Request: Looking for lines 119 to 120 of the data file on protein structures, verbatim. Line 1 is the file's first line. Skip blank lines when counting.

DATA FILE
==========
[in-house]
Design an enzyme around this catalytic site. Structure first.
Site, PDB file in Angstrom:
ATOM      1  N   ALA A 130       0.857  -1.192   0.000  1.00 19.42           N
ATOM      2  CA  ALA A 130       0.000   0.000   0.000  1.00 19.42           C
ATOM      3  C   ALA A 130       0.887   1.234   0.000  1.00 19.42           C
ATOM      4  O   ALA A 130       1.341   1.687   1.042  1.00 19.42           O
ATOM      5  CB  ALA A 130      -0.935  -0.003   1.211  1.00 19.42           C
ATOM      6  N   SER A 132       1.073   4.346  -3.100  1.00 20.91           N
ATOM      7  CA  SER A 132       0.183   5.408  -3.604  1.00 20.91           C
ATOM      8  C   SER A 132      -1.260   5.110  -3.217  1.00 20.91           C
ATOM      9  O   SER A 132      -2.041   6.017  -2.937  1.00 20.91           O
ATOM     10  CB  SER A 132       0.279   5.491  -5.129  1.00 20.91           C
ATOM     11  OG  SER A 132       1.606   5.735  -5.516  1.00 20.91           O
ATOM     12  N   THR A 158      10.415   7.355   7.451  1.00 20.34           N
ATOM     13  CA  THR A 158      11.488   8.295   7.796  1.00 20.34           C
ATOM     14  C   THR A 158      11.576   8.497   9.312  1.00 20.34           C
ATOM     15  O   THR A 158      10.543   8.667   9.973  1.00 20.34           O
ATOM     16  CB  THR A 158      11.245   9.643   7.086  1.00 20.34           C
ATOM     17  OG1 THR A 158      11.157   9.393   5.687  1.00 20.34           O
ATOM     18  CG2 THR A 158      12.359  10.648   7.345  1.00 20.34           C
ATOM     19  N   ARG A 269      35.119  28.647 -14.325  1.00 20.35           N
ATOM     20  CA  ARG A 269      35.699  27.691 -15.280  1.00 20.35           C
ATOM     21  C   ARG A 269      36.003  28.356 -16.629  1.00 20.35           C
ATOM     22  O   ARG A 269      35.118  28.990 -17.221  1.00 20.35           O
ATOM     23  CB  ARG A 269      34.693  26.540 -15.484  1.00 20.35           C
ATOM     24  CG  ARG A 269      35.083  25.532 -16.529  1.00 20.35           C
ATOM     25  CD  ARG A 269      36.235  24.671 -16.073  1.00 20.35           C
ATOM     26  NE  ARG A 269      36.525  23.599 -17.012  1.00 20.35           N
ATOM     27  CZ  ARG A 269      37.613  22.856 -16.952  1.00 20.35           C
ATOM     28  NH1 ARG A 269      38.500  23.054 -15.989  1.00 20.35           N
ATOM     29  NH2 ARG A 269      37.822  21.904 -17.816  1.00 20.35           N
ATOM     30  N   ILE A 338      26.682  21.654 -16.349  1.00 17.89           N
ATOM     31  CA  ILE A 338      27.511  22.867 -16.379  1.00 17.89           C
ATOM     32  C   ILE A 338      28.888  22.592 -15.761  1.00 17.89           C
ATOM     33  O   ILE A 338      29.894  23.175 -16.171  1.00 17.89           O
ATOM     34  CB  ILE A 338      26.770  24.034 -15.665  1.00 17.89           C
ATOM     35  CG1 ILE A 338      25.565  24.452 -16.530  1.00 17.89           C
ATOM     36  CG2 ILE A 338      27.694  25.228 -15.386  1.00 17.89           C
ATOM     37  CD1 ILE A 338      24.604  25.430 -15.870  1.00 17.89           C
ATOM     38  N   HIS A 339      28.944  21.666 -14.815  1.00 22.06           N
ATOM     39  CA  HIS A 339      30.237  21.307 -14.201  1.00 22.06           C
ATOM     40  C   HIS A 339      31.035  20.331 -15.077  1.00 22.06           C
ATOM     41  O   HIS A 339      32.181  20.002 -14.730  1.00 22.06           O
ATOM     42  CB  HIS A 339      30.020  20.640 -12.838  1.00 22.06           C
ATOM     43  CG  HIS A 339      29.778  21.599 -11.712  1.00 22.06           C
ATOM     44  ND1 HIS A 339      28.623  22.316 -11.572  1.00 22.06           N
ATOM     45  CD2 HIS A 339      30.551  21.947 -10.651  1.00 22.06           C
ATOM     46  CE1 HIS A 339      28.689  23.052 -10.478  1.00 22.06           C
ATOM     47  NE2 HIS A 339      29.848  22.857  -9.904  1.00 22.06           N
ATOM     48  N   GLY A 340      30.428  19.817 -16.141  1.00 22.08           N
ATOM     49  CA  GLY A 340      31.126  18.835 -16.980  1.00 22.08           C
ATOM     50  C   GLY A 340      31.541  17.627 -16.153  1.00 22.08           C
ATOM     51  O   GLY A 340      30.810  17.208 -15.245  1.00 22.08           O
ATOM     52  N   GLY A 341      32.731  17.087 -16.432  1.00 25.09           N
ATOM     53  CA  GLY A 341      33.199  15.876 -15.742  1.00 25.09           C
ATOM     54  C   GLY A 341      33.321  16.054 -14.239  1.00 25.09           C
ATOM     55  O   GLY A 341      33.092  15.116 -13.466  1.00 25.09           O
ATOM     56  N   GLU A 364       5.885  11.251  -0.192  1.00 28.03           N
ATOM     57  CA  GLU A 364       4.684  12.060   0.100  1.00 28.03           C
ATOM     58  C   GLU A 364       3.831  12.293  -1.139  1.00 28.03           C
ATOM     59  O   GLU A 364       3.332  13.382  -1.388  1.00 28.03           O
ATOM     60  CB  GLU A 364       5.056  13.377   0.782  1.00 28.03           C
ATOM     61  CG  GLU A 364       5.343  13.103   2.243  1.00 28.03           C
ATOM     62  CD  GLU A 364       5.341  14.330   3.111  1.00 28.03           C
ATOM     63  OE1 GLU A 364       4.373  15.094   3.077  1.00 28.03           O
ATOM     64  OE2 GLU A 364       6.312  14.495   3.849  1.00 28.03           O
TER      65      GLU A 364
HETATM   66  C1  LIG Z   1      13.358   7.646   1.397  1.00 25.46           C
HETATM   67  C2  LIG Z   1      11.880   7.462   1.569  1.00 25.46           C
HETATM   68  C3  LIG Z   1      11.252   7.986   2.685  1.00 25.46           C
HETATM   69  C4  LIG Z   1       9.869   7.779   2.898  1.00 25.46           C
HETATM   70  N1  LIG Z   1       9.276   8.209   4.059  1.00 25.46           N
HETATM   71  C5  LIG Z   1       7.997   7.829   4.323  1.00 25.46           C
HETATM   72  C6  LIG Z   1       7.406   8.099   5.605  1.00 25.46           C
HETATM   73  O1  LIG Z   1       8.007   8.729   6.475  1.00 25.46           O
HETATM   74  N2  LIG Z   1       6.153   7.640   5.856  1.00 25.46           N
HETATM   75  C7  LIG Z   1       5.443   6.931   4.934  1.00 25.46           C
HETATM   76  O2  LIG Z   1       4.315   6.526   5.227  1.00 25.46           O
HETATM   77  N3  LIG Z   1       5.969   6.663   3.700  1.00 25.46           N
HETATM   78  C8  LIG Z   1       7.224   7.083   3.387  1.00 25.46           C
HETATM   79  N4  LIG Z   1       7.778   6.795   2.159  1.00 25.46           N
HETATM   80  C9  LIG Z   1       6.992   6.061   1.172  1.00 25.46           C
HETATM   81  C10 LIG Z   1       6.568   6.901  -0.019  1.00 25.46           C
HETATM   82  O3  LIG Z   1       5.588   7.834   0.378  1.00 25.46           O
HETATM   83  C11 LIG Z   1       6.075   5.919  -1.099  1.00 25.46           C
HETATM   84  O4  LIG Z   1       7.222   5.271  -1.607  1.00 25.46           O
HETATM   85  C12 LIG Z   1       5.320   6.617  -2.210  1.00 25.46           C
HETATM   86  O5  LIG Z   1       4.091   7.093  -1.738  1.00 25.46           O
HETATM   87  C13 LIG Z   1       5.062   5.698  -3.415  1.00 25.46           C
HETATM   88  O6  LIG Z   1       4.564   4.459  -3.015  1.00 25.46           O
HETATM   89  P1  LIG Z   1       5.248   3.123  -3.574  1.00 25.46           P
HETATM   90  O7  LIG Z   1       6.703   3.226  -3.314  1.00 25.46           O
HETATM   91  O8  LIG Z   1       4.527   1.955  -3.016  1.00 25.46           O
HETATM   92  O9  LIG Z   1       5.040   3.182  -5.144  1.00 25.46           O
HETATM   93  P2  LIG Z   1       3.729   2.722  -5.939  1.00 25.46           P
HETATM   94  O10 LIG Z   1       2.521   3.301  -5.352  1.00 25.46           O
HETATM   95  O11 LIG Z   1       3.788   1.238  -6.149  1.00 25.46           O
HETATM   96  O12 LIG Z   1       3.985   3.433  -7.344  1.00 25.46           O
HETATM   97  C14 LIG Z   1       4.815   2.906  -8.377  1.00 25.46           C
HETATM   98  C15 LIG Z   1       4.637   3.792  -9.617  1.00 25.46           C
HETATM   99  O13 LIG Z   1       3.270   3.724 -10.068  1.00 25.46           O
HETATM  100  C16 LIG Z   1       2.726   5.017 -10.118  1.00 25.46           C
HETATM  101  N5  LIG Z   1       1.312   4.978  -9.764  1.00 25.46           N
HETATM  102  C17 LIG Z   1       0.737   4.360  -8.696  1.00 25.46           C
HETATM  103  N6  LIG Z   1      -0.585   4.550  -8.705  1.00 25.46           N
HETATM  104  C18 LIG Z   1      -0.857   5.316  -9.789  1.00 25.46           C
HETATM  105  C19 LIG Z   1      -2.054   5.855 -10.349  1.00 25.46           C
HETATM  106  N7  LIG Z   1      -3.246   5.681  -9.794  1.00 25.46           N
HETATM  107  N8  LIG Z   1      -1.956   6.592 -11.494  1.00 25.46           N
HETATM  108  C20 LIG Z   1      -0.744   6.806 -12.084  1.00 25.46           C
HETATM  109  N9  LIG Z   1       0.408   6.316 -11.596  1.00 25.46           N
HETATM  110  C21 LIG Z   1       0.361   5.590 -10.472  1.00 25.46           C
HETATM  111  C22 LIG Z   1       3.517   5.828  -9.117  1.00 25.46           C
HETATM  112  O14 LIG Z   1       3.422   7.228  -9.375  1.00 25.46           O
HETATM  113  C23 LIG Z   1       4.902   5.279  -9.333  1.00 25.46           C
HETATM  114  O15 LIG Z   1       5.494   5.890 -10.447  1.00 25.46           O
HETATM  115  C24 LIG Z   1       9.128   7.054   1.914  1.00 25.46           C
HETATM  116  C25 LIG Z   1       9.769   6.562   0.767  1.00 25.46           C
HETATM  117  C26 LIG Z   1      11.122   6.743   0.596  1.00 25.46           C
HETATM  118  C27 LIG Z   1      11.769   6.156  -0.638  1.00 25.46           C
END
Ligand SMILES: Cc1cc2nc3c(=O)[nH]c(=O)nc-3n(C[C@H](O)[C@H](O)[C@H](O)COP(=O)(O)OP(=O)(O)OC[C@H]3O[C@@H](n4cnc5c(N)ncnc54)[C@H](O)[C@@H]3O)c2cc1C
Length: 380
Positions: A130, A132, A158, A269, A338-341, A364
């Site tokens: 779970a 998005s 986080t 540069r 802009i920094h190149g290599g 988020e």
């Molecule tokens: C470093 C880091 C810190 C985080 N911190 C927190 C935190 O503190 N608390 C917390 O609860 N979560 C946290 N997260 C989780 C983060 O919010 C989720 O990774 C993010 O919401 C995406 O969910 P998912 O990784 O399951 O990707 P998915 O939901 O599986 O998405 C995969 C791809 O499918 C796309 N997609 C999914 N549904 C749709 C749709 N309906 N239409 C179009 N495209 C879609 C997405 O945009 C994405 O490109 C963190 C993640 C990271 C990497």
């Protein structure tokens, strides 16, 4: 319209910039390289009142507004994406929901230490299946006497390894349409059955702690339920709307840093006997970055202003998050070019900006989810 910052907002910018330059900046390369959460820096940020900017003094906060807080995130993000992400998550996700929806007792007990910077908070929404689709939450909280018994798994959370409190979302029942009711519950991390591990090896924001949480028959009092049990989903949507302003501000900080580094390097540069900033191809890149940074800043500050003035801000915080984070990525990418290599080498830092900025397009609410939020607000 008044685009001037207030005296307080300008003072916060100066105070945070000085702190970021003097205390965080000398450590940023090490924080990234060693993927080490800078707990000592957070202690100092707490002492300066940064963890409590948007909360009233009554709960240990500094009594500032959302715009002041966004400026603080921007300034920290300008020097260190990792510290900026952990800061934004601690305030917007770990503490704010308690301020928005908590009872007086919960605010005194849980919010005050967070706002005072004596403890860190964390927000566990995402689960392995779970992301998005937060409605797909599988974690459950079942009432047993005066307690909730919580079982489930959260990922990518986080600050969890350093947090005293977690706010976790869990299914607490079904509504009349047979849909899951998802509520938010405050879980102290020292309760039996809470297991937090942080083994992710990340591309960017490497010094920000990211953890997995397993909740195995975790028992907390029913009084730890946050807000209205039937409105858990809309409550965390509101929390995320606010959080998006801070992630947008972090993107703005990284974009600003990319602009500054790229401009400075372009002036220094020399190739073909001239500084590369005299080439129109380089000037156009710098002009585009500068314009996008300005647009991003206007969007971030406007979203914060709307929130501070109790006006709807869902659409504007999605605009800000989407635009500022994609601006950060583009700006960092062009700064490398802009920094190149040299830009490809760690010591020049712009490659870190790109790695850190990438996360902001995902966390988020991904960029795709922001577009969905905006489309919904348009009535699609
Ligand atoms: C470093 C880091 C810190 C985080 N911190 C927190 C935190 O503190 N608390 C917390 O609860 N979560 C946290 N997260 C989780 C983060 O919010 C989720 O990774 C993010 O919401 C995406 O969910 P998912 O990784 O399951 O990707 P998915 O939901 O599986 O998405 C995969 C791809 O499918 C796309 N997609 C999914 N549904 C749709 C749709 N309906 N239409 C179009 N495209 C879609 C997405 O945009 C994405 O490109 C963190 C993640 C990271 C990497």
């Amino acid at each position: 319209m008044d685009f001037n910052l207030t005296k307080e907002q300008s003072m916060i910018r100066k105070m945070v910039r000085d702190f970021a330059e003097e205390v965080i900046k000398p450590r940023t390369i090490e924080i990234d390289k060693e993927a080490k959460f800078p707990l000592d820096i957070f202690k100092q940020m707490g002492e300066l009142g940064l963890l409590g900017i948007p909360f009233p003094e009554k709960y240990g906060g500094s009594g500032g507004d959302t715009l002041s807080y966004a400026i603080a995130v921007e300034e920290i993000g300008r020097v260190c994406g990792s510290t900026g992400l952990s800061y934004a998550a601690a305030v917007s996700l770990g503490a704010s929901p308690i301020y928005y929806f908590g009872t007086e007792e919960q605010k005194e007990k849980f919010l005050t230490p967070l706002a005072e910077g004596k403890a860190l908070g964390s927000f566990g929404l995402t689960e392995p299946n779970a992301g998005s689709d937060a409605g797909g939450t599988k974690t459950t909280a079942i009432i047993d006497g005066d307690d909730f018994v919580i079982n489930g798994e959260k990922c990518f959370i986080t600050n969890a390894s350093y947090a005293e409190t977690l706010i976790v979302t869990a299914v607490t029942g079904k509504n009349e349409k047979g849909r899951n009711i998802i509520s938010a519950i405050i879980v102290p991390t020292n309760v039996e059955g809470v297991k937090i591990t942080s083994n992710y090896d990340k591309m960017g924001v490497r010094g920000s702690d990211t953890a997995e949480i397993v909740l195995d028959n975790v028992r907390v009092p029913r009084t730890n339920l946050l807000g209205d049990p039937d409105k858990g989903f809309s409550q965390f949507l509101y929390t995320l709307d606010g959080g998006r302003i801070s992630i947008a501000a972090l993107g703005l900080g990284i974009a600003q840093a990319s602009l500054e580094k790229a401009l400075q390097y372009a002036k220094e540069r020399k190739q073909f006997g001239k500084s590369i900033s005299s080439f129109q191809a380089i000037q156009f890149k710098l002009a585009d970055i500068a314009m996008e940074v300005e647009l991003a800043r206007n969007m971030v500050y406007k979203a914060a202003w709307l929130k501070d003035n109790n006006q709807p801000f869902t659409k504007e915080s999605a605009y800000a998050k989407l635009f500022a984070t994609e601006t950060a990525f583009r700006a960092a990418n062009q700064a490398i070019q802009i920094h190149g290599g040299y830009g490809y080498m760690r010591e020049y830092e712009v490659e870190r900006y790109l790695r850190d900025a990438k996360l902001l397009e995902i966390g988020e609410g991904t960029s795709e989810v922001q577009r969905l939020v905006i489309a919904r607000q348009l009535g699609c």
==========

HETATM  116  C25 LIG Z   1       9.769   6.562   0.767  1.00 25.46           C
HETATM  117  C26 LIG Z   1      11.122   6.743   0.596  1.00 25.46           C